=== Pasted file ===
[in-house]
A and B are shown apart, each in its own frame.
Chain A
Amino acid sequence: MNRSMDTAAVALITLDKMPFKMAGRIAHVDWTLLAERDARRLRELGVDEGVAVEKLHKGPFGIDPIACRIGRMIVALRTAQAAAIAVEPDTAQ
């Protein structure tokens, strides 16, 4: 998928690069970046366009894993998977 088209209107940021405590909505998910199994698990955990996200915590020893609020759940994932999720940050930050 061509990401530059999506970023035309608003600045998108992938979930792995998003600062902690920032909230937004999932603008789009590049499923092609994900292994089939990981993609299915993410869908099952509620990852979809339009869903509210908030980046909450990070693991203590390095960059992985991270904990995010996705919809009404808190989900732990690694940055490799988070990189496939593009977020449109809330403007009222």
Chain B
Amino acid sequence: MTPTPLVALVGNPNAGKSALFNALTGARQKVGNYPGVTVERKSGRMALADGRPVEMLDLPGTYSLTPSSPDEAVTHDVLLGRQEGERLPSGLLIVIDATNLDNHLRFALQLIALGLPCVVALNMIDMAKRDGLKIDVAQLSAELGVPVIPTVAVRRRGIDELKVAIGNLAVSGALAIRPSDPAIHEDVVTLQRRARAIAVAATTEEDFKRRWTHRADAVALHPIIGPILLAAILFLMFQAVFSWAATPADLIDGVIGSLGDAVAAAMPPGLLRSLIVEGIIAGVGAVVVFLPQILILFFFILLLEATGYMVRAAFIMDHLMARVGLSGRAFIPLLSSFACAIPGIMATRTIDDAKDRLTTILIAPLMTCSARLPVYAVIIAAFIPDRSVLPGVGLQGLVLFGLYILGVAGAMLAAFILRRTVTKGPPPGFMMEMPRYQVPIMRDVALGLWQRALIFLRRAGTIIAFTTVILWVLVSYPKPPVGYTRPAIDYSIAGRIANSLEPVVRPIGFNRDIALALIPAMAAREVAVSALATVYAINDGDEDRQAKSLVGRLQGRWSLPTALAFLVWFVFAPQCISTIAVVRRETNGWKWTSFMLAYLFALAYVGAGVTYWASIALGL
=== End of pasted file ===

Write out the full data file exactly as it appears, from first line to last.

[in-house]
A and B are shown apart, each in its own frame.
Chain A
Amino acid sequence: MNRSMDTAAVALITLDKMPFKMAGRIAHVDWTLLAERDARRLRELGVDEGVAVEKLHKGPFGIDPIACRIGRMIVALRTAQAAAIAVEPDTAQ
């Protein structure tokens, strides 16, 4: 998928690069970046366009894993998977 088209209107940021405590909505998910199994698990955990996200915590020893609020759940994932999720940050930050 061509990401530059999506970023035309608003600045998108992938979930792995998003600062902690920032909230937004999932603008789009590049499923092609994900292994089939990981993609299915993410869908099952509620990852979809339009869903509210908030980046909450990070693991203590390095960059992985991270904990995010996705919809009404808190989900732990690694940055490799988070990189496939593009977020449109809330403007009222």
Chain B
Amino acid sequence: MTPTPLVALVGNPNAGKSALFNALTGARQKVGNYPGVTVERKSGRMALADGRPVEMLDLPGTYSLTPSSPDEAVTHDVLLGRQEGERLPSGLLIVIDATNLDNHLRFALQLIALGLPCVVALNMIDMAKRDGLKIDVAQLSAELGVPVIPTVAVRRRGIDELKVAIGNLAVSGALAIRPSDPAIHEDVVTLQRRARAIAVAATTEEDFKRRWTHRADAVALHPIIGPILLAAILFLMFQAVFSWAATPADLIDGVIGSLGDAVAAAMPPGLLRSLIVEGIIAGVGAVVVFLPQILILFFFILLLEATGYMVRAAFIMDHLMARVGLSGRAFIPLLSSFACAIPGIMATRTIDDAKDRLTTILIAPLMTCSARLPVYAVIIAAFIPDRSVLPGVGLQGLVLFGLYILGVAGAMLAAFILRRTVTKGPPPGFMMEMPRYQVPIMRDVALGLWQRALIFLRRAGTIIAFTTVILWVLVSYPKPPVGYTRPAIDYSIAGRIANSLEPVVRPIGFNRDIALALIPAMAAREVAVSALATVYAINDGDEDRQAKSLVGRLQGRWSLPTALAFLVWFVFAPQCISTIAVVRRETNGWKWTSFMLAYLFALAYVGAGVTYWASIALGL